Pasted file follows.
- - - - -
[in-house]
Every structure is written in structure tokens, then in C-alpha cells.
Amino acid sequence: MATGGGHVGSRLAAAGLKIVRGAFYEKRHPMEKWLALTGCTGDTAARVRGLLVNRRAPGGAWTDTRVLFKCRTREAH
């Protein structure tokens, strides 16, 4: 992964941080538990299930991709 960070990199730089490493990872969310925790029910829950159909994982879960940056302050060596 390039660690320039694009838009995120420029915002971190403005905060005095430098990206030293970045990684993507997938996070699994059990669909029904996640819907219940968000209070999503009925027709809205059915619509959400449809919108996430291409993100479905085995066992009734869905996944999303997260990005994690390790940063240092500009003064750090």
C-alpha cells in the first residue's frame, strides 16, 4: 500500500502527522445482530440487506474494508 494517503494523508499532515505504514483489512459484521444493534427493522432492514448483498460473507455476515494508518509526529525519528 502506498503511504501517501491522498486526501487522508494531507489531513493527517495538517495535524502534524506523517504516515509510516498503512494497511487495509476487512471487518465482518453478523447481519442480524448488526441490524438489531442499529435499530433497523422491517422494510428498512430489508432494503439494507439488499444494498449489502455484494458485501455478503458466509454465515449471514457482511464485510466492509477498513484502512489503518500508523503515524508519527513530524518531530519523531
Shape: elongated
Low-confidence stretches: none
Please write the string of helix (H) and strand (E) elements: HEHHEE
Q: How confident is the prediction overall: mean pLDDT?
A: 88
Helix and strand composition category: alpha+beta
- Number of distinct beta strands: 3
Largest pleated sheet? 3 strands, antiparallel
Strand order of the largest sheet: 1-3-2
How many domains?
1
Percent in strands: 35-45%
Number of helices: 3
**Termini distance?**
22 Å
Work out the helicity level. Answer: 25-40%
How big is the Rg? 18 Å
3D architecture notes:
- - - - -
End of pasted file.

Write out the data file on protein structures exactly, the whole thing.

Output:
[in-house]
Every structure is written in structure tokens, then in C-alpha cells.
Amino acid sequence: MATGGGHVGSRLAAAGLKIVRGAFYEKRHPMEKWLALTGCTGDTAARVRGLLVNRRAPGGAWTDTRVLFKCRTREAH
């Protein structure tokens, strides 16, 4: 992964941080538990299930991709 960070990199730089490493990872969310925790029910829950159909994982879960940056302050060596 390039660690320039694009838009995120420029915002971190403005905060005095430098990206030293970045990684993507997938996070699994059990669909029904996640819907219940968000209070999503009925027709809205059915619509959400449809919108996430291409993100479905085995066992009734869905996944999303997260990005994690390790940063240092500009003064750090």
C-alpha cells in the first residue's frame, strides 16, 4: 500500500502527522445482530440487506474494508 494517503494523508499532515505504514483489512459484521444493534427493522432492514448483498460473507455476515494508518509526529525519528 502506498503511504501517501491522498486526501487522508494531507489531513493527517495538517495535524502534524506523517504516515509510516498503512494497511487495509476487512471487518465482518453478523447481519442480524448488526441490524438489531442499529435499530433497523422491517422494510428498512430489508432494503439494507439488499444494498449489502455484494458485501455478503458466509454465515449471514457482511464485510466492509477498513484502512489503518500508523503515524508519527513530524518531530519523531
Shape: elongated
Low-confidence stretches: none
Please write the string of helix (H) and strand (E) elements: HEHHEE
Q: How confident is the prediction overall: mean pLDDT?
A: 88
Helix and strand composition category: alpha+beta
- Number of distinct beta strands: 3
Largest pleated sheet? 3 strands, antiparallel
Strand order of the largest sheet: 1-3-2
How many domains?
1
Percent in strands: 35-45%
Number of helices: 3
**Termini distance?**
22 Å
Work out the helicity level. Answer: 25-40%
How big is the Rg? 18 Å
3D architecture notes: